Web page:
For example, the mayor of Cupertino Barry Chang visited Apple to talk about traffic congestion he was told to leave by security. He has not been back for three years.
Cupertino is a town which has an aging infrastructure and booming companies whose effective tax rate is often quite low. Chang says higher taxes on the wealthy and companies such as Apple would solve the problem, but residents want him to stop allowing companies to develop sites – like Apple’s spaceship.
Chang also has problems that the some of his fellow councillors are either too frightened of Apple or been lobbied. He recently proposed that Apple should give $100m to improve city infrastructure. To move on the proposal, Chang only needed to get a single vote ‘yes’ among the three other eligible council members. He failed to get that vote.
“Apple is such a big company here. The council members don’t want to offend them. Apple talks to them, and they won’t vote against Apple. This is the fact.”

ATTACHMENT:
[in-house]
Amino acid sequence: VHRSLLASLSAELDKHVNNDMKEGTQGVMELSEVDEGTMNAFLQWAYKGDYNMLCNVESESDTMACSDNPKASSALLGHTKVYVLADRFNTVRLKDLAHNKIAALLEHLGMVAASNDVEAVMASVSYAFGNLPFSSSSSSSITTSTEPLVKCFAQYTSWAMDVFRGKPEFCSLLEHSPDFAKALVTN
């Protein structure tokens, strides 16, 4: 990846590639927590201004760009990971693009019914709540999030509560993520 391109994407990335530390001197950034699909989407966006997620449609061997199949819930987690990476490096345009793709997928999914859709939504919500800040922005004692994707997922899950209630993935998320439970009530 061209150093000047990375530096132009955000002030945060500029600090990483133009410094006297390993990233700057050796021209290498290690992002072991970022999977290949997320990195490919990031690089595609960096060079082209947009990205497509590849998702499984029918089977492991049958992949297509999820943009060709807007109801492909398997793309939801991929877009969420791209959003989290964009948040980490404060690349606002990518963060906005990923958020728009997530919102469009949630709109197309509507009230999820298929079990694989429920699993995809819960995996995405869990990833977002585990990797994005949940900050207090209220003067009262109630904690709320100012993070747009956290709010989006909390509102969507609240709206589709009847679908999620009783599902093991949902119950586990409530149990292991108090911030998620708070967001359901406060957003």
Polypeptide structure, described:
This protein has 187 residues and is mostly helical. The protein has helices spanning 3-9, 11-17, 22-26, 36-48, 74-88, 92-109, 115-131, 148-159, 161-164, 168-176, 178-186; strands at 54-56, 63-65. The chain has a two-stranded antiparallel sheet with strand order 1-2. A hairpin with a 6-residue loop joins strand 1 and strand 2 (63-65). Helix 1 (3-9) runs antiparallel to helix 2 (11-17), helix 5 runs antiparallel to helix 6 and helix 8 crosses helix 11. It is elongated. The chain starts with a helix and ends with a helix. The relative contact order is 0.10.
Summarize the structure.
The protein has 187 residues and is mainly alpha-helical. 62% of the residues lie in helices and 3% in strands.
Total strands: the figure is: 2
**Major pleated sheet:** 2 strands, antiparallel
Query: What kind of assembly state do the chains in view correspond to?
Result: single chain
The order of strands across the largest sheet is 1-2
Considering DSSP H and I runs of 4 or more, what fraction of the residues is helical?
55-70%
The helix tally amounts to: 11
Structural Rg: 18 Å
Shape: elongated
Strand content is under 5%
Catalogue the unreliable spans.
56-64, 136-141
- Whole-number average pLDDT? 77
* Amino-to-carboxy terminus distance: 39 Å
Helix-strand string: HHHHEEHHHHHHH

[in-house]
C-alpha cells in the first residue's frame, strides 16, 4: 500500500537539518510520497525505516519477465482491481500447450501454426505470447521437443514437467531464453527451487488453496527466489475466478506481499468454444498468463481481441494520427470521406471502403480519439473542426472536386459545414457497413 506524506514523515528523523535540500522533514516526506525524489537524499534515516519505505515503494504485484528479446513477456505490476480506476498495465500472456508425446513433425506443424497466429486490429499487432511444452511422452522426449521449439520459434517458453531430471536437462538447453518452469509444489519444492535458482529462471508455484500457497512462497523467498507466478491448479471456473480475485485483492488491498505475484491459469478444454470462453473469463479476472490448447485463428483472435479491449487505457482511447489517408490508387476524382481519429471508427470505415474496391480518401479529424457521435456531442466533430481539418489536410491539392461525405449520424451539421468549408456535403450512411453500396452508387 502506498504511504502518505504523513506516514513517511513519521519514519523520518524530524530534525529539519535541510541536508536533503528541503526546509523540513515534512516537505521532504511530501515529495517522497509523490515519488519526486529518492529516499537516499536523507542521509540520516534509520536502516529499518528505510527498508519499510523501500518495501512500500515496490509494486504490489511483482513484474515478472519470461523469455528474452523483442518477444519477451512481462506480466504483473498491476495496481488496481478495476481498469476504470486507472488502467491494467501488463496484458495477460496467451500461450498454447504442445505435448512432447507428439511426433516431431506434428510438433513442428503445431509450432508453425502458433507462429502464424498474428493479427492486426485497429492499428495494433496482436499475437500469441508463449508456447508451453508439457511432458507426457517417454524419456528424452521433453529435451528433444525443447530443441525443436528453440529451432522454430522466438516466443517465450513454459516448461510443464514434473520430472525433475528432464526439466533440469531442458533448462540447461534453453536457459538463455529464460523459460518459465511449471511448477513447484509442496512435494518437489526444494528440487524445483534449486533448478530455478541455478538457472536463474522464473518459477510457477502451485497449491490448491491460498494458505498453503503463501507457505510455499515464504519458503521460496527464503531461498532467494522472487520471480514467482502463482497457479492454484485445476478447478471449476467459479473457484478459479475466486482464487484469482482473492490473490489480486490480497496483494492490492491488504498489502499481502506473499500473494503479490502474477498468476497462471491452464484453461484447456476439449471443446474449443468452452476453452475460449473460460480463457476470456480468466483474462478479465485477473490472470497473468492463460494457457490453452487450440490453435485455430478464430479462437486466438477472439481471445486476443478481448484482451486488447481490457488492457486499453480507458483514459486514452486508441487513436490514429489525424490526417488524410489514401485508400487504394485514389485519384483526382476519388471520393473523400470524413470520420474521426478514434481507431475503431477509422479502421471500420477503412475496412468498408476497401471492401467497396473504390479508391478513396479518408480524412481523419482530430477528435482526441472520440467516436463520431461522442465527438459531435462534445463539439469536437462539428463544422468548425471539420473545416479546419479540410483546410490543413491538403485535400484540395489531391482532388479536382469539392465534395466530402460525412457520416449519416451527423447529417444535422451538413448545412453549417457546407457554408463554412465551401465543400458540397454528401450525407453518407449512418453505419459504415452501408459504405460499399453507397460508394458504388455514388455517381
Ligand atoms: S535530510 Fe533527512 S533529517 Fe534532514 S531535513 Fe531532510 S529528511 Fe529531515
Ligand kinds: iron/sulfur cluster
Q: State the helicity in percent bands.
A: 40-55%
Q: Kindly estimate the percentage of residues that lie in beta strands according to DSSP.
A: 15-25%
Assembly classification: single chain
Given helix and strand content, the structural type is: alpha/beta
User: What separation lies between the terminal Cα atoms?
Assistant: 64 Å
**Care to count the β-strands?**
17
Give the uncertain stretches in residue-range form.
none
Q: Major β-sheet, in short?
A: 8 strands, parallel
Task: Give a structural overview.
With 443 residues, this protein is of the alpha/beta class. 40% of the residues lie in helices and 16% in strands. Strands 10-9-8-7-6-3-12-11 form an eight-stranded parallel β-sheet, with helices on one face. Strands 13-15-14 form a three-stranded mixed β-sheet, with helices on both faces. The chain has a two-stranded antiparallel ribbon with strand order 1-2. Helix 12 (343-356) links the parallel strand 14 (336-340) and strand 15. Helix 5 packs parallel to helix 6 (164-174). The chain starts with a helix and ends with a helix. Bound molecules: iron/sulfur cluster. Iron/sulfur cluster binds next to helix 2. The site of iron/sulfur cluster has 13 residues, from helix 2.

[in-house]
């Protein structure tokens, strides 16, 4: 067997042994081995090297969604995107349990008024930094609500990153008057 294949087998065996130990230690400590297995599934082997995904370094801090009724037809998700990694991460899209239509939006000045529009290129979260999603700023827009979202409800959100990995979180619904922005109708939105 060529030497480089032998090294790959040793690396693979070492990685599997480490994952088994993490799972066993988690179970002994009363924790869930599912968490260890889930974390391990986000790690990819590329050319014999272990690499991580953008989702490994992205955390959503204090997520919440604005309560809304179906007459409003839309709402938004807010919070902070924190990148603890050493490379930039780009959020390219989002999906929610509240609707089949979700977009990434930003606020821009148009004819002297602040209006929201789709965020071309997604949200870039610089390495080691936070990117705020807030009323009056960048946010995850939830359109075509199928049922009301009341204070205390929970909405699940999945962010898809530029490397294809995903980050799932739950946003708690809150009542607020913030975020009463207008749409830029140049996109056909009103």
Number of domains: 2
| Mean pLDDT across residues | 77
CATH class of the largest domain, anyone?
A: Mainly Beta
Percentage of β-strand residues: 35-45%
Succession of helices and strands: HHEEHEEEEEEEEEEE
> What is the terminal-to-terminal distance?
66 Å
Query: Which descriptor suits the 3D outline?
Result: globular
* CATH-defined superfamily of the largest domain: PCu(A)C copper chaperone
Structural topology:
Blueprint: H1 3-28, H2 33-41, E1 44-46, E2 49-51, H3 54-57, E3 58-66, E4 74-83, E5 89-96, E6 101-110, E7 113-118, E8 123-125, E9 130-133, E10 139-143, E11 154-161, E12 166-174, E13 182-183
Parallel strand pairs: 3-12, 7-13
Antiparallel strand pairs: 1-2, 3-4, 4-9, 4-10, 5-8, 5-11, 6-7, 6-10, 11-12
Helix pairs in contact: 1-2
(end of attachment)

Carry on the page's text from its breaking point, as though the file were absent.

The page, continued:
Apple’s local efforts to avoid paying higher taxes are part of a larger pattern and even Apple’s own staff are getting embarrassed about it.
Steve Wozniak, Apple’s co-founder, said the company should pay a 50% tax: “Jobs started Apple Computers for money, that was his big thing and that was extremely important and critical and good. ... [But] we didn’t think we’d be figuring out how to go off to the Bahamas and have special accounts like people do to try to hide their money.”
Apple denies using the ‘double Irish’ arrangement and insists that the it has no record of a security incident involving Barry Chang.
But residents are hacked off, and if they were not so busy taking it out on Chang’s council, they would probably be going for Apple.
“Apple is not willing to pay a dime. They’re making profit, and they should share the responsibility for our city, but they won’t.”